With the launch of the new Kinja Dashboard (if you have a Kinja account, check it out here) comes a bunch of design decisions, and these decisions give us lots of opportunities to A/B test different features.
One question the team debated internally was whether or not to open links in a new browser tab. The argument for opening links in a new tab is that the dashboard is ideally your primary ‘feed’ on Kinja, and so you should keep it open at all times. On the other hand, opening links in the same tab (the traditional way to link) might give a smoother experience. We agreed to test it to figure out what gave the best reader experience.
We agreed that we would use session duration as a measure of how engaged readers were in each set-up. So the variant with the longer average session duration would win. We also tracked pageviews per session and unique pageviews per session in order to estimate how much of the difference was due to re-loading the dashboard in the ‘same tab’ variant.
This was our first test run using Optimizely integrated into Google Analytics. Optimizely is a great A/B testing tool, but it lacks any concept of session length or engaged time. Fortunately, they support an integration with Google Analytics, so we could take advantage of GA’s ability to track session length.
We found that opening links in the ‘same tab’ led to longer sessions by about 9%.
I’m always concerned about Simpson’s Paradox (unseen sub-populations biasing test results), so I took a deeper look into the numbers. One major split in our readers is between mobile, tablet, and desktop, so I wanted to drill down into this data to make sure it wasn’t masking other issues in our results. It turns out it was!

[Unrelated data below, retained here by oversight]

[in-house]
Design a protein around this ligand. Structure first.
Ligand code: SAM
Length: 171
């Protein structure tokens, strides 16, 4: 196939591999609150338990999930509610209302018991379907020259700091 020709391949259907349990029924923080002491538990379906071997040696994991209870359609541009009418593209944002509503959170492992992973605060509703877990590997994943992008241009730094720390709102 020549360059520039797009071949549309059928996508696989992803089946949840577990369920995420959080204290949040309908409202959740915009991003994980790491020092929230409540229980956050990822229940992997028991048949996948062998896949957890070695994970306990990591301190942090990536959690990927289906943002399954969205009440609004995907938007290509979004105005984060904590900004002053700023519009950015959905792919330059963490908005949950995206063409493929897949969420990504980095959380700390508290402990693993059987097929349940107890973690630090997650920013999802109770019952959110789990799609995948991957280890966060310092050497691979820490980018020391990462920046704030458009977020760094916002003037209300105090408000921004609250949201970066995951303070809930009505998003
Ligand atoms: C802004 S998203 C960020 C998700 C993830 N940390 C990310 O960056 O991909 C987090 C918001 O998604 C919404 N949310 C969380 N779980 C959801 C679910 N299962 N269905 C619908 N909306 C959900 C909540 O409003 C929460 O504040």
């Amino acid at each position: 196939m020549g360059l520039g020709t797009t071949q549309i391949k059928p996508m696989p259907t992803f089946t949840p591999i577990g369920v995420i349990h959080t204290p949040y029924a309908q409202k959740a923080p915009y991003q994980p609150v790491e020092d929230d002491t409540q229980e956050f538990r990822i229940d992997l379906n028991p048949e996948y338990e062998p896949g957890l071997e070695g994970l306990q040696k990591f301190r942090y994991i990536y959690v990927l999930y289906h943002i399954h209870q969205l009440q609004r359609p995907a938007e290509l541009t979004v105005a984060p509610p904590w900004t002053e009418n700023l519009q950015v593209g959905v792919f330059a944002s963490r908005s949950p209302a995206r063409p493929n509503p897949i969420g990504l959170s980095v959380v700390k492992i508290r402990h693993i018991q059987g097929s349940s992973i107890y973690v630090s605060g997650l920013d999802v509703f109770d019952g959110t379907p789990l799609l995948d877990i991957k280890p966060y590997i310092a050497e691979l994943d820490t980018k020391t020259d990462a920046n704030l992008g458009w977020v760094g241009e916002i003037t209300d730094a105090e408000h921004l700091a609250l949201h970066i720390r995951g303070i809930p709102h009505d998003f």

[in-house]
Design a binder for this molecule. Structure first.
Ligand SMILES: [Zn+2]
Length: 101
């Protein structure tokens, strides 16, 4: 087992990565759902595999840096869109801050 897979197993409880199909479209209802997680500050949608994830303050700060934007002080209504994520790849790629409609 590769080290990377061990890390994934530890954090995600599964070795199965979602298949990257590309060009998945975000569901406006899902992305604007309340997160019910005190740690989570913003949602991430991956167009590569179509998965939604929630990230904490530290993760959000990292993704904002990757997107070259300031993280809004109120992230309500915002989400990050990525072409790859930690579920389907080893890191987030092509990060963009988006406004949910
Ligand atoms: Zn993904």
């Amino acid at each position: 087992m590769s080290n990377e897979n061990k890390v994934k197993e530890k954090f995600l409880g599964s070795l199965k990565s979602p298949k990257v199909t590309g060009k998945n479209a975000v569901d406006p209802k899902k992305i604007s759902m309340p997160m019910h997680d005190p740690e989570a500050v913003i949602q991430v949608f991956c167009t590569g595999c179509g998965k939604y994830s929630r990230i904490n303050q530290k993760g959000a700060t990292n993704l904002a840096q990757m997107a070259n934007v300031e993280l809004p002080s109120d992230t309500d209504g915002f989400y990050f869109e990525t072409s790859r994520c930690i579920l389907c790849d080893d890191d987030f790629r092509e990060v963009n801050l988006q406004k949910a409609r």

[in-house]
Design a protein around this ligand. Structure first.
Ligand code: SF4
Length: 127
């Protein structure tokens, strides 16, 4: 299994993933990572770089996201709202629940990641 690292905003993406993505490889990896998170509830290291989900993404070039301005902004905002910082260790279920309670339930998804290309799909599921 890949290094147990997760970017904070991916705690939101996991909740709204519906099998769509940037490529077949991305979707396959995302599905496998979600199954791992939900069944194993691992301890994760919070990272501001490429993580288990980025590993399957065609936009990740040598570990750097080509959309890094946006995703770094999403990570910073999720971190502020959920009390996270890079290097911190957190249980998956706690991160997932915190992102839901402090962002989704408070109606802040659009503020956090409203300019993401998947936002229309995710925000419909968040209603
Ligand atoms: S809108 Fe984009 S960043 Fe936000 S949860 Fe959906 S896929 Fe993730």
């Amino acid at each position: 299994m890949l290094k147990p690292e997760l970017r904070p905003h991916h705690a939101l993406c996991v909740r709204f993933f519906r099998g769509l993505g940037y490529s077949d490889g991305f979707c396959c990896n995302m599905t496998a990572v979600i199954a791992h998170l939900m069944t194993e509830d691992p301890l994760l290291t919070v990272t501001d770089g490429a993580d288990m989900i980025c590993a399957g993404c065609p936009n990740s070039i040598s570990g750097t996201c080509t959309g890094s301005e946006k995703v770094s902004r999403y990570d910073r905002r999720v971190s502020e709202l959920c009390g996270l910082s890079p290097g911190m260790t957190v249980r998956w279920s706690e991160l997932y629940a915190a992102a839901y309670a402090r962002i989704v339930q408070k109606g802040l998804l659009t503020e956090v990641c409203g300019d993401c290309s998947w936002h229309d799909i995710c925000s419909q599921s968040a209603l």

(A quick aside: session duration for readers who visit the dashboard is 4-6 times session duration for our average readers overall. The dashboard is for our most loyal readers and contributors!)
It turns out that the entire difference in session duration is due to readers on their phones. The usage on desktop was not significantly different either way (we did not have enough data on tablets to break them out on their own: previous research indicates we should treat them like desktop readers, though it doesn’t make a meaningful difference to the results).
Readers on phones, however, showed a marked preference for links opening on the same tab. This difference is significant, though there were only a few hundred sessions included in this data set.
This made intuitive sense (I know I dislike it when mobile links open in a new window). One concern, though, was that this difference was due to readers re-loading the dashboard over and over, not because they liked the experience more. I tried to isolate this by looking at the number and percent of pageviews that were unique. If I had seen a big drop in unique pageviews in the ‘same tab’ case, I would be worried that the increase in time was due to page re-loading time, not engagement. I didn’t see a meaningful difference, though, so I believe this number is a fair proxy for engagement.
Since this test was run on a small group of readers and on a brand-new page that readers are adjusting to, we will likely re-run this test in a few months to confirm the results.